Trade Finance and IBOR Transition | Fieldfisher
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Trade Finance and IBOR Transition

Backward-looking risk free rates (RFRs) using compounded daily rates will replace IBORs in most financial products, but trade finance looks as if it will be an exception.  In this article, we examine why trade finance is a special case and why any delay in the development of forward-looking term RFRs would be particularly problematic for the trade finance market. The term "trade finance" covers both trade payables and trade receivables financing in its various forms (for example, factoring, invoice discounting, supply chain finance, trade receivables securitisation and bills of exchange facilities) and also loan based products (such as export credit agency backed financing, pre-export financing and commodity loans).

Most trade payables and trade receivables finance transactions calculate a discount to face value by using a forward-looking interest rate (whether it is explicitly referred to in legal documentation or not).  Of course, it is possible for the parties simply to agree the discount rate on a case by case basis, but using a forward-looking interest rate allows the parties to compare the cost of finance against alternative products and against their own cost of funds.  It also provides a transparent way of calculating the discount based on publically available information.

For loan-based trade finance products, the need for forward-looking rates might be less obvious.  However, there are a number of reasons why forward-looking rates are appropriate for trade finance loans, which do not necessarily apply to the general corporate syndicated loan market.  Payments under trade finance loans are often funded by, or otherwise linked to, other types of transaction, for example, sales and purchases of commodities, hedging transactions or the issue of letters of credit.  This means that there is an advantage in using a forward-looking rate which is readily available and which does not fluctuate over a 24 hour period; it makes it easier for parties to ensure that payments will match and to plan cash flows.  It is also preferable for many trade finance borrowers who do not have access to pricing information from the derivatives market and are therefore unable to calculate or anticipate swaps-based forward-looking rates.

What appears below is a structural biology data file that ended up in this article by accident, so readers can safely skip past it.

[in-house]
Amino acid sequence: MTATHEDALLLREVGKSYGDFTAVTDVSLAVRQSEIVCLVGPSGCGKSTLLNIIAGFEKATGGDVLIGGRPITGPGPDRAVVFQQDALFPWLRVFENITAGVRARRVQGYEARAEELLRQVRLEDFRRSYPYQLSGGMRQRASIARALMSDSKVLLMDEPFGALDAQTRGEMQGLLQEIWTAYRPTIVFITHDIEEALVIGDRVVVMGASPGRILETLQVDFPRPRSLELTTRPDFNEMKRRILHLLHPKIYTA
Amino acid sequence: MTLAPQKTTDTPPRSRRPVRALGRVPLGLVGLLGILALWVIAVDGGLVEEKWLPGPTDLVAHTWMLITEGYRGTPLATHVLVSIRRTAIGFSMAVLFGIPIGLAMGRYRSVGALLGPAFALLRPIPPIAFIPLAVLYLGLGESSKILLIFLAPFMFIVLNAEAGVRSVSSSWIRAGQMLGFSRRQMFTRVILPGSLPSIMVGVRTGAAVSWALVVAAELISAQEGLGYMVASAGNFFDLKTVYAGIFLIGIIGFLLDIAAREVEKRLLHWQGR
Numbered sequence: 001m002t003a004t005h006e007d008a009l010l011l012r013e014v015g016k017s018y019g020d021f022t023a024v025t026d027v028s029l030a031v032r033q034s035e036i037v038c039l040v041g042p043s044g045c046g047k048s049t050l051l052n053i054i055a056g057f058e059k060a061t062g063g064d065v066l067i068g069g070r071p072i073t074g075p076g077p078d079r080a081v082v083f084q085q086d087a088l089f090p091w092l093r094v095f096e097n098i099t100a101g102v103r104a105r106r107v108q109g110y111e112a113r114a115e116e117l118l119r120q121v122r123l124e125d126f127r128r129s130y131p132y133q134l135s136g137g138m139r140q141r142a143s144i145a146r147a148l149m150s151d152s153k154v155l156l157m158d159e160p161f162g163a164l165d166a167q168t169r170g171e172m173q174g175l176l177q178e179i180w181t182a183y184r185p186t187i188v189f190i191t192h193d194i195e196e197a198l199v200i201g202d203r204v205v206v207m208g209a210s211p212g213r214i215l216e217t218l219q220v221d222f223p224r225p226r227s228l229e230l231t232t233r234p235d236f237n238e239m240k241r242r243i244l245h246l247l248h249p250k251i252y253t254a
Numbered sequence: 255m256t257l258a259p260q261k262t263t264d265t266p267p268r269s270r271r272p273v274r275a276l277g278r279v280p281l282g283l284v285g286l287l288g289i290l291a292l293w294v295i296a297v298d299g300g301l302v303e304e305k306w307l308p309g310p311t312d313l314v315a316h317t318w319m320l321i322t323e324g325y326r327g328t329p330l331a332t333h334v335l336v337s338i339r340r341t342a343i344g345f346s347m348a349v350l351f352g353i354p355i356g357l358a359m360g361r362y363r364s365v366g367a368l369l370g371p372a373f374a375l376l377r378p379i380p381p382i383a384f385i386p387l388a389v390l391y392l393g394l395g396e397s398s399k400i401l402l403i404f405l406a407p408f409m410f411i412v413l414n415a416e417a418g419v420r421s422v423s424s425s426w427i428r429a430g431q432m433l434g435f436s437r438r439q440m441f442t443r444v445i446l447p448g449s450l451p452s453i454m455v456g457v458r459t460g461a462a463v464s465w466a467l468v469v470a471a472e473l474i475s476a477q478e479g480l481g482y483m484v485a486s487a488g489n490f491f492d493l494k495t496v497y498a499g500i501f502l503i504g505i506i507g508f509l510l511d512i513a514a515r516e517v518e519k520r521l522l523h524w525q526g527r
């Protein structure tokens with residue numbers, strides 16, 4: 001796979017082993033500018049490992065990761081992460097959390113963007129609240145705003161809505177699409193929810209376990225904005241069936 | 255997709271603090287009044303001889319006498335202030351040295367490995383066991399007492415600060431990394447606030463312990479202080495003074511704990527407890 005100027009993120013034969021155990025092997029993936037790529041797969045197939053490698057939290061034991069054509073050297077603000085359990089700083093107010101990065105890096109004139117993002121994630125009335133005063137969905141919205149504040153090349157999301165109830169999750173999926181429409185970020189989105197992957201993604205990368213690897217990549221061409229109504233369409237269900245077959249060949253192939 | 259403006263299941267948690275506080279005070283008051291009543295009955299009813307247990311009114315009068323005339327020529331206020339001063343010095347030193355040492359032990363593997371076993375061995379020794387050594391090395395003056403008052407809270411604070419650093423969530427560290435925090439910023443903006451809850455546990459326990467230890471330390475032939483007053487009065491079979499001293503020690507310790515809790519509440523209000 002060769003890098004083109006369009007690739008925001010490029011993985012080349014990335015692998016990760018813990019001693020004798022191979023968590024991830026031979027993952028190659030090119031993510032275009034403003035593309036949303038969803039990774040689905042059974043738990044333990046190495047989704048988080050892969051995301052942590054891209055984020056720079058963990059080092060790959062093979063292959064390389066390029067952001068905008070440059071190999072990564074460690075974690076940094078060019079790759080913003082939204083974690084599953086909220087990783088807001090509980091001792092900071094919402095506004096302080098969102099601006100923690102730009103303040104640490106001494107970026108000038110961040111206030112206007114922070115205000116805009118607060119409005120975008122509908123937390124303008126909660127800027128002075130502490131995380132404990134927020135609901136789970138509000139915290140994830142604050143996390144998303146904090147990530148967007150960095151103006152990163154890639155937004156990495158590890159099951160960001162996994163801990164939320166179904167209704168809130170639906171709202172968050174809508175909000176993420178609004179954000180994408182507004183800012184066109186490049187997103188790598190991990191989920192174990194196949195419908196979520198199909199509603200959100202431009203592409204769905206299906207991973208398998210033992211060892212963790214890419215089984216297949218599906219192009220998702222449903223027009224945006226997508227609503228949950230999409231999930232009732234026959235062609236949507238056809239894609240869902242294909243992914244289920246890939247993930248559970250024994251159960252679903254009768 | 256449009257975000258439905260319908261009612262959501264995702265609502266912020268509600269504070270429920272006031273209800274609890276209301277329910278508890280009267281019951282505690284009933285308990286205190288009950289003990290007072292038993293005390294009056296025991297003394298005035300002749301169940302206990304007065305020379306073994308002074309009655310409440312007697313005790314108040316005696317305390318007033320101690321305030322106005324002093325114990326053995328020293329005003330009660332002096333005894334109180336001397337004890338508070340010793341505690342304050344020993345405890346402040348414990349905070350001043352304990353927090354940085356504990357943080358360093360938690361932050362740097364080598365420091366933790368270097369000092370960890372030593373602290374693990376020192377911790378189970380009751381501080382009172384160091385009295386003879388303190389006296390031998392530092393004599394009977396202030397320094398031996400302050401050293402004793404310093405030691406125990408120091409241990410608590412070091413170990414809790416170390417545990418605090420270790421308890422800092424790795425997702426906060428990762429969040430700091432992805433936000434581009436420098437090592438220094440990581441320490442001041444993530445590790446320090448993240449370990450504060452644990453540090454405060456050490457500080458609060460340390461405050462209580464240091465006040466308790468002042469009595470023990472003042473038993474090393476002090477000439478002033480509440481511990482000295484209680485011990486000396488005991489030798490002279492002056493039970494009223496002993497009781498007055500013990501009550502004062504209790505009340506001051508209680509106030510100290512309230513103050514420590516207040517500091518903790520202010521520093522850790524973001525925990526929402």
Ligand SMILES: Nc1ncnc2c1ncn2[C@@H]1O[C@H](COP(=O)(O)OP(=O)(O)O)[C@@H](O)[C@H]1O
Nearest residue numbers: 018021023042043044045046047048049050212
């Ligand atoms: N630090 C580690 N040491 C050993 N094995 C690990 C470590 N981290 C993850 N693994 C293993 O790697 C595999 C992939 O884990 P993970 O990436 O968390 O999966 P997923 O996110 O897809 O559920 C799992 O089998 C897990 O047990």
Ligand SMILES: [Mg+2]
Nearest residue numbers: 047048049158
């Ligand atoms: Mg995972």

The desirability of using forward-looking RFRs for trade finance transactions has been recognised by industry bodies and currency working groups.
  • In relation to US$ (for which the RFR is expected to be SOFR), the ARRC FAQs of 15 October 2020 explicitly acknowledge that a forward-looking term structure for SOFR may be necessary; it states that with the availability of SOFR term rates and liquid derivative markets, it is expected it will be possible to use SOFR for cash products before the end of 2021.  ARRC has formed a term rate working group and (in September 2020) issued a RfP for an administrator for a forward-looking term rate. 
  • The Working Group on Sterling Risk-Free Rates task force[1] estimated that it would be operationally achievable for 90 per cent of the loan market (by value) to adopt SONIA compounded in arrear in place of sterling LIBOR, but recommended the use of a term or other alternative rate for trade finance products such as export finance, discounting and supply chain finance. It emphasised the need in trade finance products for transparent rates that are observable to all parties and the operational requirement for some trade finance borrowers to have longer timescales to arrange interest payments than SONIA compounded in arrear would allow.  The Sterling Working Group has been working with four administrators (FTSE Russell, ICE, Refinitiv and IHS Markit) on the potential methodologies for term reference rates.  On 11 January, ICE and Refinitiv announced that they have finalised their methodologies which are now available for use in new contracts.  Both are offering SONIA term rates in 1, 3, 6 and 12 month tenors.  Each uses SONIA overnight index swap quotes to calculate their rates with back-up from negotiable dealer-to-client data from Tradweb and, for ICE, reference to SONIA futures listed at ICE Futures Europe.